Result: India won by 6 wickets
Fortunately for Indian fans, there was no individual milestone to be achieved this time around. Another loss to Bangladesh would have surely set tongues wagging, and terms like ‘bunny’ and ‘not an upset’ would have been screamed from Eastern rooftops. If not for Virat Kohli, though, this was a frightening possibility.
Another match-winning 100 in a chase, and India’s new (temporary) captain may have just distracted the country from his teams’ blatant flaws.
Tougher teams like Sri Lanka and Pakistan have the capability to expose them. For now, let us make a list of glaring problems that need to be addressed, without being blinded by the brilliance of Kohli’s strokeplay:
– For starters, India’s opening pair no more look the force they were last year in home conditions. It all began with the seemingly harmless West Indies tour, during those 3 ODIs, where Dhawan failed to take off and Rohit began to stutter. Dhawan will have to continue to open, irrespective of his technical flaws, but Rohit will have to be considered lower down the order again. He still hasn’t figured out how to pace himself in the first 10 overs, playing out too many dot balls. Both of them have forgotten the art of rotating the strike, playing overs together before realizing they need to step on the gas. This makes it harder for the middle order. Too much luxury cannot be afforded to someone like Rohit who can easily take the game away from the opposition if he decides to be more attacking. The thinktank seems to have invested a lot into this new opening pair, and will continue to commit, but some serious mental changes need to be made at the top.
– Ashwin pretty much spelled his own doom when he decided to reproduce Narine’s action, full sleeves and all. It was an act of immense desperation, where he not only changed his grip but his entire loading action, runup and arc. The time to do this is when you are 15 and keen to find a comfortable bowler to emulate. Ashwin’s decision was ridiculous, and he needs to go soul searching after yet another unsuccessful outing on helpful pitches. Mishra is available, as are the likes of Rasool and Karn Sharma. Time to think ahead for Jadeja’s new spin twin.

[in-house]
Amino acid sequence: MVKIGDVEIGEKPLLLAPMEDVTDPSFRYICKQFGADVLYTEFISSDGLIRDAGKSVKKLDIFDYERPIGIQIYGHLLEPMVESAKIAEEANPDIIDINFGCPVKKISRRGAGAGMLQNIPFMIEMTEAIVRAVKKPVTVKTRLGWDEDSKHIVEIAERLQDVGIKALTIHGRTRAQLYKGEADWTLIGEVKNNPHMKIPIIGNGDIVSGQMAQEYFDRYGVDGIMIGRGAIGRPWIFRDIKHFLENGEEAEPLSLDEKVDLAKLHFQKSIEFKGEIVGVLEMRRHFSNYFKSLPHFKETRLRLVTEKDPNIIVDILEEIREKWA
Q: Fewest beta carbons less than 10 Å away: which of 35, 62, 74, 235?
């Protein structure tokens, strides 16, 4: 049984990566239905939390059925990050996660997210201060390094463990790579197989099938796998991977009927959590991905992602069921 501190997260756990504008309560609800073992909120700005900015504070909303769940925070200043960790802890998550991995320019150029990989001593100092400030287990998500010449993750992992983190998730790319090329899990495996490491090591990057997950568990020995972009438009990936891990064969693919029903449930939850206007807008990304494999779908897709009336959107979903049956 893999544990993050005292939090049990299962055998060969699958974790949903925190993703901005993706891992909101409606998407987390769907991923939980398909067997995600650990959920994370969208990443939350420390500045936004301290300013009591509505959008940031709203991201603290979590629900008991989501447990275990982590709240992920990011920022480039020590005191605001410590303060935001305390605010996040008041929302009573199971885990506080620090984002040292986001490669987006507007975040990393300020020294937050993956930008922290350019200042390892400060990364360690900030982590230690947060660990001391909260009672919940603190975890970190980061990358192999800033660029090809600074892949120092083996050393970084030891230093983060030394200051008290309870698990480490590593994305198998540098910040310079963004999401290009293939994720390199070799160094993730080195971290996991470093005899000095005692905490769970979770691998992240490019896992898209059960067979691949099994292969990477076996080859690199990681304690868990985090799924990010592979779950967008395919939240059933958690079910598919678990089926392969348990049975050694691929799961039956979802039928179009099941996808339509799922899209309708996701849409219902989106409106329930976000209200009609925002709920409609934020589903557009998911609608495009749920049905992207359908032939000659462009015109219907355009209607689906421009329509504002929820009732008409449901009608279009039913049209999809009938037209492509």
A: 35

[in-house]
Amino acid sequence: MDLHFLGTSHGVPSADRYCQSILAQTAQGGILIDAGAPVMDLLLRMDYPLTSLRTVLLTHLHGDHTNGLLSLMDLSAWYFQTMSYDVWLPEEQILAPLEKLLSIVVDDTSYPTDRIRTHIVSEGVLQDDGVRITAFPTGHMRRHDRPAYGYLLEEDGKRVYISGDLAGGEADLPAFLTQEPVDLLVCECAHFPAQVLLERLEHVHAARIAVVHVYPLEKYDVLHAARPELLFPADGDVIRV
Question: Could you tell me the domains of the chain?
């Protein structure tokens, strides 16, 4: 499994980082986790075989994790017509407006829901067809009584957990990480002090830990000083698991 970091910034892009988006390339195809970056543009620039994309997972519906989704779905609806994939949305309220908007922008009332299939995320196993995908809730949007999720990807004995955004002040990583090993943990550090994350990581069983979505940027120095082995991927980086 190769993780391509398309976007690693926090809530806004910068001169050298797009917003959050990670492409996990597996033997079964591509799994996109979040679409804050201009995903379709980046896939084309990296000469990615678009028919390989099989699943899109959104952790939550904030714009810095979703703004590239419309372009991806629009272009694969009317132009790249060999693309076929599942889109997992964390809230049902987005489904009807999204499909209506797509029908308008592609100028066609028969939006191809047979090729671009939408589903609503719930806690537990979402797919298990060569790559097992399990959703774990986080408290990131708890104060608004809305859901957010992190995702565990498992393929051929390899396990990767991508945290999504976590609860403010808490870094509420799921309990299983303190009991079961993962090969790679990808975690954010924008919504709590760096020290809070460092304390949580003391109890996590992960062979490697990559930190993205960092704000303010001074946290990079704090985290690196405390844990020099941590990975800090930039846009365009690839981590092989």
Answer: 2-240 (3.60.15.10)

– Jadeja meanwhile needs to understand that he is a finisher in the absence of Dhoni and Raina. Karthik is smart enough to know that, but Jadeja hasn’t displayed much intelligence in the batting department yet. The middle order is brittle, and with Ashwin to be out soon, Sir must do justice to the talent that has brought him 3 triple centuries in domestic cricket.
– Though this is unfair to Rayadu, it is time to use Pujara. He can be a busy player at the top, finding gaps better than the openers- he should replace Rohit at 1, while Rohit can play at 5 again in home conditions. His experience will help in the middle order right now.
– Bhuvaneshwar Kumar needs to be used in one single spell at the beginning, unwavering and tireless, for 10 overs. He is a poor death bowler, and needs to relearn the art of dismissing top order batsmen. His toothlessness recently hasn’t helped matters at all.
– Varun Aaron needs a stint or two abroad before he is allowed to play for India again. It is imperative that Umesh Yadav comes back and finds his rhythm to bowl in tandem with the impressive Shami- the only bright spot of India’s bowling. If not him, Mohit Sharma needs to be given an extended run, because let’s face it, we’re never going to find a tear-away quick ever again.
– Duncan Fletcher, whose contract expires in May, must not be retained. It is time to use an experienced Indian coach, not necessarily with a reputation to boot, to bring out the best out of the bowlers. Batting will not be a major issue for the near future, but leadership and bowling will be- and with the world cup just a year away- major management changes are due immediately.